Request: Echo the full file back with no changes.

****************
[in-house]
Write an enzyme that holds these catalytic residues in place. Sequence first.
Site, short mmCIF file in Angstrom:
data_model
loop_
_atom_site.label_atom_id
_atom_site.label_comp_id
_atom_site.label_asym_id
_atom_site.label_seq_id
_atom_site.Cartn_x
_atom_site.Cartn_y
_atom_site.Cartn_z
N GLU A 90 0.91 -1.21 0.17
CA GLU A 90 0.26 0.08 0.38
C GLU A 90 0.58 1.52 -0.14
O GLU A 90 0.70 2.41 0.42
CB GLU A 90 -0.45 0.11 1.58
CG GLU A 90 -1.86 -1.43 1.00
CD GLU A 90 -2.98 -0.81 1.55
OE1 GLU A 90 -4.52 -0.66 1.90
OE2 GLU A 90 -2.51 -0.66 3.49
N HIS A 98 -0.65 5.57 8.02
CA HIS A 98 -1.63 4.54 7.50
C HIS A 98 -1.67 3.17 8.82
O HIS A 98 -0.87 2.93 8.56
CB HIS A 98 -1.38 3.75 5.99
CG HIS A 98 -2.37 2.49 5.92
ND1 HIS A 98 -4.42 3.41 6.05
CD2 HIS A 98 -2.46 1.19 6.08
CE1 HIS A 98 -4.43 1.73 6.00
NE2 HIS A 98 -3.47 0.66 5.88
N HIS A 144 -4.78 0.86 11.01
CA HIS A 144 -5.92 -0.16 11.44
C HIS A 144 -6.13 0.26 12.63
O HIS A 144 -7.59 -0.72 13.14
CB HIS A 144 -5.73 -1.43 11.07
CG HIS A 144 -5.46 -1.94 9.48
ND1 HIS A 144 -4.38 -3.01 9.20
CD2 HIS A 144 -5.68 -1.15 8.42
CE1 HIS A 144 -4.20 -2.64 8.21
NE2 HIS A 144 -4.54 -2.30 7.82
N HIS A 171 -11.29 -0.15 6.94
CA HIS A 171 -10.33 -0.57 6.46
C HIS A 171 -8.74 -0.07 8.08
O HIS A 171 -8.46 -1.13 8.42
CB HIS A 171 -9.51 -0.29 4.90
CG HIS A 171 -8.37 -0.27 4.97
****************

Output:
[in-house]
Write an enzyme that holds these catalytic residues in place. Sequence first.
Site, short mmCIF file in Angstrom:
data_model
loop_
_atom_site.label_atom_id
_atom_site.label_comp_id
_atom_site.label_asym_id
_atom_site.label_seq_id
_atom_site.Cartn_x
_atom_site.Cartn_y
_atom_site.Cartn_z
N GLU A 90 0.91 -1.21 0.17
CA GLU A 90 0.26 0.08 0.38
C GLU A 90 0.58 1.52 -0.14
O GLU A 90 0.70 2.41 0.42
CB GLU A 90 -0.45 0.11 1.58
CG GLU A 90 -1.86 -1.43 1.00
CD GLU A 90 -2.98 -0.81 1.55
OE1 GLU A 90 -4.52 -0.66 1.90
OE2 GLU A 90 -2.51 -0.66 3.49
N HIS A 98 -0.65 5.57 8.02
CA HIS A 98 -1.63 4.54 7.50
C HIS A 98 -1.67 3.17 8.82
O HIS A 98 -0.87 2.93 8.56
CB HIS A 98 -1.38 3.75 5.99
CG HIS A 98 -2.37 2.49 5.92
ND1 HIS A 98 -4.42 3.41 6.05
CD2 HIS A 98 -2.46 1.19 6.08
CE1 HIS A 98 -4.43 1.73 6.00
NE2 HIS A 98 -3.47 0.66 5.88
N HIS A 144 -4.78 0.86 11.01
CA HIS A 144 -5.92 -0.16 11.44
C HIS A 144 -6.13 0.26 12.63
O HIS A 144 -7.59 -0.72 13.14
CB HIS A 144 -5.73 -1.43 11.07
CG HIS A 144 -5.46 -1.94 9.48
ND1 HIS A 144 -4.38 -3.01 9.20
CD2 HIS A 144 -5.68 -1.15 8.42
CE1 HIS A 144 -4.20 -2.64 8.21
NE2 HIS A 144 -4.54 -2.30 7.82
N HIS A 171 -11.29 -0.15 6.94
CA HIS A 171 -10.33 -0.57 6.46
C HIS A 171 -8.74 -0.07 8.08
O HIS A 171 -8.46 -1.13 8.42
CB HIS A 171 -9.51 -0.29 4.90
CG HIS A 171 -8.37 -0.27 4.97